By Violet Jaramillo, Sr. Solution Architect
What is Consumer-Centric Merchandise Planning?
Merchandise Planning is a systematic method of forecasting inventory based on historical data. It’s a blend of data-driven forecasting along with the art of predicting trends, so that the right product is at the right location at the right time.
Today’s reality is one where retailers must consider including consumer-specific data and analytics in the merchandise planning process to remain competitive. With all the technological resources consumers have today, from online reviews to social media and video marketing, customers are more informed and less brand loyal.
Consumer-centric merchandise planning shifts the focus from products to customers. Decisions and reactions made throughout the planning process revolve around fulfilling consumer demand based on customer shopping behavior, lifestyle, and trends.
How Does a Retailer Shift to Consumer-Centric Merchandise Planning?
Shifting the focus to the consumer requires the planning organization to base their decisions and actions on the consumer. To do this, the collection and analysis of consumer-specific data is one of the most valuable assets a retailer can use. Point of sale transactions, online shopping habits, loyalty programs, surveys, and social media apps are a few of the avenues a retailer can use to collect customer-specific data. By using this data, retailers can develop a better understanding of their customer preferences and behaviors. The following are key areas that retailers can focus on to shift to consumer-centric planning.
Gathering customer data is crucial in a consumer-centric merchandising organization. The right systems should be able to store large amounts of data and allow users to quickly and easily access and analyze this data to maximize end-to-end planning processes. In addition, data should be readily available across applications. When data is housed in silos, the ability to share data across applications is challenging.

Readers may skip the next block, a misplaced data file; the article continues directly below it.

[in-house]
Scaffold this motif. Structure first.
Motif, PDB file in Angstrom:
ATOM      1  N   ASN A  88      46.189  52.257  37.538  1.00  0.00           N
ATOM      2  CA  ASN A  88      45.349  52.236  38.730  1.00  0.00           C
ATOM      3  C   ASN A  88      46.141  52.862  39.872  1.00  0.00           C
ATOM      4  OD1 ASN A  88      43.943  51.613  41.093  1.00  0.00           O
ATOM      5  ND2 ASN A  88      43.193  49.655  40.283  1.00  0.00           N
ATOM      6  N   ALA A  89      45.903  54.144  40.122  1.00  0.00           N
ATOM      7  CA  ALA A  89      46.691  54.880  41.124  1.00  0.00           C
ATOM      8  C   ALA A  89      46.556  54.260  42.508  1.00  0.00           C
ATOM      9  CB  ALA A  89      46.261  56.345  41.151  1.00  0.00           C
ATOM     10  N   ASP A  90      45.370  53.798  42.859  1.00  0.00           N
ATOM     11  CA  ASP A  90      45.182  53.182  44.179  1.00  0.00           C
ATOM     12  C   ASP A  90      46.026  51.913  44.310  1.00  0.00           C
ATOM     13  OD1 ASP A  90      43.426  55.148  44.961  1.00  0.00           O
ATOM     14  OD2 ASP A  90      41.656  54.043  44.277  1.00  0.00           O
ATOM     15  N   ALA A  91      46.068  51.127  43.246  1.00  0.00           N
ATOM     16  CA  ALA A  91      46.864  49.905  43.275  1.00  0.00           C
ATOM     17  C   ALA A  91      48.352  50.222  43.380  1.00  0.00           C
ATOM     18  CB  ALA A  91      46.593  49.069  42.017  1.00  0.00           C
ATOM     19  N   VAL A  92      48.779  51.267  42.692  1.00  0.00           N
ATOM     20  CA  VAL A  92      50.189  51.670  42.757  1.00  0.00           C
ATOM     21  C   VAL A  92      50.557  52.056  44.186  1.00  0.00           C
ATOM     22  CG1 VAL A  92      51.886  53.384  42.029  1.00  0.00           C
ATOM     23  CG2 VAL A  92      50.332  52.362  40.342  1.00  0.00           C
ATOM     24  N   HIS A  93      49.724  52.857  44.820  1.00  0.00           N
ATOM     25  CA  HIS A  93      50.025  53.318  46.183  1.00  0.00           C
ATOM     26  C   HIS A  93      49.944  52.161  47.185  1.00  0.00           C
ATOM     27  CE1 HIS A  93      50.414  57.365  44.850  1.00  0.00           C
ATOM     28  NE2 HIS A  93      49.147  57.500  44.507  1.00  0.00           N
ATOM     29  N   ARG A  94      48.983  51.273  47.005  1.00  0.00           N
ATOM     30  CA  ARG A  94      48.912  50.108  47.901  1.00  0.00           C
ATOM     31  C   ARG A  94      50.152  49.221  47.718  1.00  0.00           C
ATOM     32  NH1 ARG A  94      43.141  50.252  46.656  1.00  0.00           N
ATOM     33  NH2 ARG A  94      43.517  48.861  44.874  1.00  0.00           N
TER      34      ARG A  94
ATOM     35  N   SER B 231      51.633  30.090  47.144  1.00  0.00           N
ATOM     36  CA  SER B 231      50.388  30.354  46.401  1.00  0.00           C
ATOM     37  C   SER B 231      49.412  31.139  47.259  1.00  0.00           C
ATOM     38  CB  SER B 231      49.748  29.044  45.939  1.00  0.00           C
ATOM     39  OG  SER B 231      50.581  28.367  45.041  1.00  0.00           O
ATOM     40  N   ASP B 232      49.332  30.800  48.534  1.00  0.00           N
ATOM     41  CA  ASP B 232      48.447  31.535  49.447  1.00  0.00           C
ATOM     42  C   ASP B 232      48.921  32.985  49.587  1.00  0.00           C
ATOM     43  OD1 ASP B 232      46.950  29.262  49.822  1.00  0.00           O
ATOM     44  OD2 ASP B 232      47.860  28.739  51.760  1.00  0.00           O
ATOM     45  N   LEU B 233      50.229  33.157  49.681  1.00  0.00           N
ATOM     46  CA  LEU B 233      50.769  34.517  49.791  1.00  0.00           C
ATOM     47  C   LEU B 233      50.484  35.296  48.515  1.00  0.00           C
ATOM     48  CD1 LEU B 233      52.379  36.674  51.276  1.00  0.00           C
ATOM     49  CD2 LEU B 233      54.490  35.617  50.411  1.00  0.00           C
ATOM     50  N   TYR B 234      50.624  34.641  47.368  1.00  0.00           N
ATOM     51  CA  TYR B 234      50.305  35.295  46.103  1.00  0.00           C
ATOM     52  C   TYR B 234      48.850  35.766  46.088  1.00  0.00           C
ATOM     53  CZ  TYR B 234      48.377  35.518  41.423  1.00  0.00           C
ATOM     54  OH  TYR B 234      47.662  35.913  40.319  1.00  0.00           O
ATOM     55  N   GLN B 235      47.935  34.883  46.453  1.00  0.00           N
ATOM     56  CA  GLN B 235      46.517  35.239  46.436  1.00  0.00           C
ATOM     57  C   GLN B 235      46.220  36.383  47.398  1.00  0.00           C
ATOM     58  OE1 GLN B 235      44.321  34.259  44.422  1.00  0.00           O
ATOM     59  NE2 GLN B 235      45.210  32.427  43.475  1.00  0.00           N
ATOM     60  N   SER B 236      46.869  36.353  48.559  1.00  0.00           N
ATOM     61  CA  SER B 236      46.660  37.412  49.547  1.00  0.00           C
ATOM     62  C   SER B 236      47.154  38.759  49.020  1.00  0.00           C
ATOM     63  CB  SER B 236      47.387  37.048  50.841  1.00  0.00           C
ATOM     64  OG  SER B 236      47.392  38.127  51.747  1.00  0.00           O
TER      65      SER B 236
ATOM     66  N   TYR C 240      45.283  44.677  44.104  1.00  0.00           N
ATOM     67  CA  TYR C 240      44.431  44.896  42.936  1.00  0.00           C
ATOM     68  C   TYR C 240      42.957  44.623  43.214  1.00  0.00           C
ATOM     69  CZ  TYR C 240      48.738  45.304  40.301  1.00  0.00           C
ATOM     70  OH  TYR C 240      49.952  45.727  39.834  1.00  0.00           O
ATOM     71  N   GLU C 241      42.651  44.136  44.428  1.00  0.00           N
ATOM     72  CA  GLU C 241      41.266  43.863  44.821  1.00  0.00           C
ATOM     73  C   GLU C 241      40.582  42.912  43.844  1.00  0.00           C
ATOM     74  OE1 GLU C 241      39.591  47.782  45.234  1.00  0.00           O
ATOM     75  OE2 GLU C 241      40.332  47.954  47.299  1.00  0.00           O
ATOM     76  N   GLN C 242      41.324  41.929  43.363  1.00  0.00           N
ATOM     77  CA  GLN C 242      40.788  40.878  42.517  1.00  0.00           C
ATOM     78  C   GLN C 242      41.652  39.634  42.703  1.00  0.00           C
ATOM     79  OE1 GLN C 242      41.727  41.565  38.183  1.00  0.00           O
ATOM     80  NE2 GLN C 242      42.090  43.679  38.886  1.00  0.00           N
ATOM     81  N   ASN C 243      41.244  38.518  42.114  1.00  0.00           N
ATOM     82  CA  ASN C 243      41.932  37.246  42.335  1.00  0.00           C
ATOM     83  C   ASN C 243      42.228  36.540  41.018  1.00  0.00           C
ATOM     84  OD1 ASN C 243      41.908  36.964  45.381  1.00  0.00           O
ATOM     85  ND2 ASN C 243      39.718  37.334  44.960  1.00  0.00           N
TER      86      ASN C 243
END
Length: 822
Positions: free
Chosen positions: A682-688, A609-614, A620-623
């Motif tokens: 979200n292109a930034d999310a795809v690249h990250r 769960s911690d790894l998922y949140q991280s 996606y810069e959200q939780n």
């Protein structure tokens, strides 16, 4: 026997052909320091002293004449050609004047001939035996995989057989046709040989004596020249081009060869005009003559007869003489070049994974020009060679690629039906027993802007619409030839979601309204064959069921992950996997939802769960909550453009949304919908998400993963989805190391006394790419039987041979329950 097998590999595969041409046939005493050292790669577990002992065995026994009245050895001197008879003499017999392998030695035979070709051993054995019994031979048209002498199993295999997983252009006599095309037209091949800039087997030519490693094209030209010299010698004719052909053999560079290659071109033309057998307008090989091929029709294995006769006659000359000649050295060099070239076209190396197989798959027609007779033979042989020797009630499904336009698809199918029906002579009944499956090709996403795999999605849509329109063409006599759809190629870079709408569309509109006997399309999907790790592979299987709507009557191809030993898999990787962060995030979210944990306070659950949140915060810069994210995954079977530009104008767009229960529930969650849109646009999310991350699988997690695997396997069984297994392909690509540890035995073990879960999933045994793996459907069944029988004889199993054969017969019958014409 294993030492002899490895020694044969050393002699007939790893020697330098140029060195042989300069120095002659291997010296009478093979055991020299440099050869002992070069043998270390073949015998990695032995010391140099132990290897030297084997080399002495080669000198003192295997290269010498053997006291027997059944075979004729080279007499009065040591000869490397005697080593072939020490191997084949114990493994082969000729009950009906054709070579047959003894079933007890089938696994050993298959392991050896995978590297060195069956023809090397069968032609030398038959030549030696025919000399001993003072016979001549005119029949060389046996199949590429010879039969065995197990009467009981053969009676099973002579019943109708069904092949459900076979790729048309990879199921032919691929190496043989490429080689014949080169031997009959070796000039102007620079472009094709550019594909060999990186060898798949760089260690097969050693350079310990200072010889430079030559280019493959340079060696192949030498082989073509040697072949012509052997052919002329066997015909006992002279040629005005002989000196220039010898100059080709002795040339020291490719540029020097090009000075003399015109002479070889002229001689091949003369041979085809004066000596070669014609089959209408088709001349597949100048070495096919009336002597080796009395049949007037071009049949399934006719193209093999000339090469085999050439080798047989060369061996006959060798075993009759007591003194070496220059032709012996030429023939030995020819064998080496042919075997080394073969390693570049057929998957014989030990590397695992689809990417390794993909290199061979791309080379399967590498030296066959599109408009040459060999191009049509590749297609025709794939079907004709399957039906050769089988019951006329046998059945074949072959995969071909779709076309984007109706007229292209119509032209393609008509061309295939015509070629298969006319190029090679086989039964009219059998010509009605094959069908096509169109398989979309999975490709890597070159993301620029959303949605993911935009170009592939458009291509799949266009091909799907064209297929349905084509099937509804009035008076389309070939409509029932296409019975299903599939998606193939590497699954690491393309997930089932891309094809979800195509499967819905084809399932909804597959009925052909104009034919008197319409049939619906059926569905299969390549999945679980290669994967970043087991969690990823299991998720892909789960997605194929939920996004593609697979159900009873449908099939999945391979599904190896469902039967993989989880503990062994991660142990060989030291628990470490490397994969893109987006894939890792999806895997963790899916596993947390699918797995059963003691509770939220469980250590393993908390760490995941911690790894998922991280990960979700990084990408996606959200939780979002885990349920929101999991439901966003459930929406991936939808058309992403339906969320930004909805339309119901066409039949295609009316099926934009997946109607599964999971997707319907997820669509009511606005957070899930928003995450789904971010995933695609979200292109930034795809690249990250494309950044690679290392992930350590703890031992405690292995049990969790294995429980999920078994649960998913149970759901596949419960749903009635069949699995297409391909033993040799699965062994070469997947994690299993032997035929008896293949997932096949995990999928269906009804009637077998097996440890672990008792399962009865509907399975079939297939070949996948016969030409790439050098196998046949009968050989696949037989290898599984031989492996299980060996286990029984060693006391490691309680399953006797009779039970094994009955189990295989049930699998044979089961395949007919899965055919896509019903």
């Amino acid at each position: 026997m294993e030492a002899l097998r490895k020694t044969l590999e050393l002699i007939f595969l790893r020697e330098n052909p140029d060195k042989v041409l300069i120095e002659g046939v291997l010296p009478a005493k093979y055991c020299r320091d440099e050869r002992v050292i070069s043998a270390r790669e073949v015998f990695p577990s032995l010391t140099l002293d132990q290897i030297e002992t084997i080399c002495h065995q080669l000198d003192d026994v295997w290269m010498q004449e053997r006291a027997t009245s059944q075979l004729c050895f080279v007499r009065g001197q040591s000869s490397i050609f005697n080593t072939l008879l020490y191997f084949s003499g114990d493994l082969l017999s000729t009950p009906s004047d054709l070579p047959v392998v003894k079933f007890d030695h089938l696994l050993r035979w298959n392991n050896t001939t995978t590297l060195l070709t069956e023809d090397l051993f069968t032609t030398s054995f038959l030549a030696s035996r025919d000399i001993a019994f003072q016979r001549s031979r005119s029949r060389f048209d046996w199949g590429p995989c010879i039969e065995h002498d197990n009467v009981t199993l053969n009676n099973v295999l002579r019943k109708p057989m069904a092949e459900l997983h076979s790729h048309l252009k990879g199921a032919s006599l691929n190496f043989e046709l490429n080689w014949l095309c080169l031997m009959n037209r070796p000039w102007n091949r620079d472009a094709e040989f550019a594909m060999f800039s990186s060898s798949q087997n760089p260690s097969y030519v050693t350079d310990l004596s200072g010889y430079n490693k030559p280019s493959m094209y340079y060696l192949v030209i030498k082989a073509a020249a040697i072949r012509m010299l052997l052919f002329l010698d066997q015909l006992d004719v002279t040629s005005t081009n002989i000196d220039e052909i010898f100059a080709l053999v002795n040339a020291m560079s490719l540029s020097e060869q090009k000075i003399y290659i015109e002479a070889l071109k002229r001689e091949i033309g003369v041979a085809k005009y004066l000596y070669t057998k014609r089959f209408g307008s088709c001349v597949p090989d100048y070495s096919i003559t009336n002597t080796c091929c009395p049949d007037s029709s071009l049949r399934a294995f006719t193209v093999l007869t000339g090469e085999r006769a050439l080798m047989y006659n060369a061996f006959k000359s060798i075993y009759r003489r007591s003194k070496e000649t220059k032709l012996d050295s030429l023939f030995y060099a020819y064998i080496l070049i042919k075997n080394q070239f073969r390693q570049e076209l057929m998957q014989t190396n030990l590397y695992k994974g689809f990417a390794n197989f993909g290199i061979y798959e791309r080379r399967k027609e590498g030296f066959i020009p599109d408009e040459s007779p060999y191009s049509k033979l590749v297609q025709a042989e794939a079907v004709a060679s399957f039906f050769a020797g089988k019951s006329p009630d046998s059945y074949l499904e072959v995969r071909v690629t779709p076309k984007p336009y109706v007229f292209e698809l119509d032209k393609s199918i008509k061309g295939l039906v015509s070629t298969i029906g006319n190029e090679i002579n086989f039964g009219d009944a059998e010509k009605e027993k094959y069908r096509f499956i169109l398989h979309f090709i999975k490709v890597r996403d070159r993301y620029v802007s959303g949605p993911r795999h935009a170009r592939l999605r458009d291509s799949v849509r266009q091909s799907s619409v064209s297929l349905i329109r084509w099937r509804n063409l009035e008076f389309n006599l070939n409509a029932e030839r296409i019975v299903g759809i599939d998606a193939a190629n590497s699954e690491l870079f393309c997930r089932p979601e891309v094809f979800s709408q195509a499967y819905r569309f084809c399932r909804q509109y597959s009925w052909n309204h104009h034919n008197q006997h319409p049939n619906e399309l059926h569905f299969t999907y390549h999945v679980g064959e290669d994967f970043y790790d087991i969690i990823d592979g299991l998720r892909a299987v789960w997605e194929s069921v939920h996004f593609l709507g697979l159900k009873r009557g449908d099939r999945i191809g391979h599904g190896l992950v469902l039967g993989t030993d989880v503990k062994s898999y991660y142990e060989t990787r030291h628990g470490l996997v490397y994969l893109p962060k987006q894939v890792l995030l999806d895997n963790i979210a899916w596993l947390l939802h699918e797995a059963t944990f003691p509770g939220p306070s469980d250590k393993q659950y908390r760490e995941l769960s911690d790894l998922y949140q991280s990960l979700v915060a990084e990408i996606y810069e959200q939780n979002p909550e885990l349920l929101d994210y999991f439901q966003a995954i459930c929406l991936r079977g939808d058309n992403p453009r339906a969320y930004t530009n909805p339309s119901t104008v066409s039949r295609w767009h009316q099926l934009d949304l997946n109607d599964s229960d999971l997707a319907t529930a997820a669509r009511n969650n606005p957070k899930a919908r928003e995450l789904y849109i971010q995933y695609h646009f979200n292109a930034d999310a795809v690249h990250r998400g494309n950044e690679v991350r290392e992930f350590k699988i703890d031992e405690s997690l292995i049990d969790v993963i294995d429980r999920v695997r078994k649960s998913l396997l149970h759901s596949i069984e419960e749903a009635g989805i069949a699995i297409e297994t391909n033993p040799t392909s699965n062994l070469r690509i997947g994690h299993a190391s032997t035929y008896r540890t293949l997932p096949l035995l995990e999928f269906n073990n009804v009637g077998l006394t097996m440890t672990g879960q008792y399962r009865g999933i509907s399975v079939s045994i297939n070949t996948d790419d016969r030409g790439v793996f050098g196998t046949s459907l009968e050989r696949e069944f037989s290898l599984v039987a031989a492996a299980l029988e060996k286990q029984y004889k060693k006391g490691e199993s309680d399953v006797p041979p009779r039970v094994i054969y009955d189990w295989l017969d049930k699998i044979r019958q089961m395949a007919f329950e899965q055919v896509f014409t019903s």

Planning by Customer Dimension
Consumer-centric merchandise planning incorporates customer attributes to enhance the planning process based on the profile of the customer and how/where the customer shops. For example, does the customer prefer urban or classic wear, and at what price point? Does the customer shop mostly online? Are there trends that the customer follows?
A consumer-centric planning system should have the ability to cluster customers based on customer attributes. Planning by clusters of customers at a granular level (such as key item) maximizes the ability of a planner to react to trends in-season.
Along with planning by customer attributes, today’s retailers must consider where the customer is shopping. Is my customer shopping at a brick and mortar location, online, or both? What is driving my customer to these channels? Is an online promotion driving sales at brick and mortar locations? Today’s consumers do not greatly differentiate between shopping at a brick and mortar location versus online. This is especially true for Millennials and Gen Z consumers.
A consumer-centric planning organization should have the ability to plan product across channels while considering the customer trends that are driving sales.
Finally, retailers will need to invest in their people. Processes and training should be implemented that shift the planning organization’s mindset to one that focuses on making decisions based on consumer shopping behavior and trends.
In this environment, traditional Key Performance Indicators (KPI’s) such as sales and profitability should be augmented with customer-based KPI’s, such as shopping frequency, return rates, and basket size. By holding the planning team accountable for customer-based metrics, it will help the transition into including the consumer when making decisions during the planning process.
What’s the Next Step?
Now that you have started along the path of moving towards a consumer-centric merchandise planning organization, take the next step and partner with Vaco. We can help guide you in building business processes and partnering with technology vendors.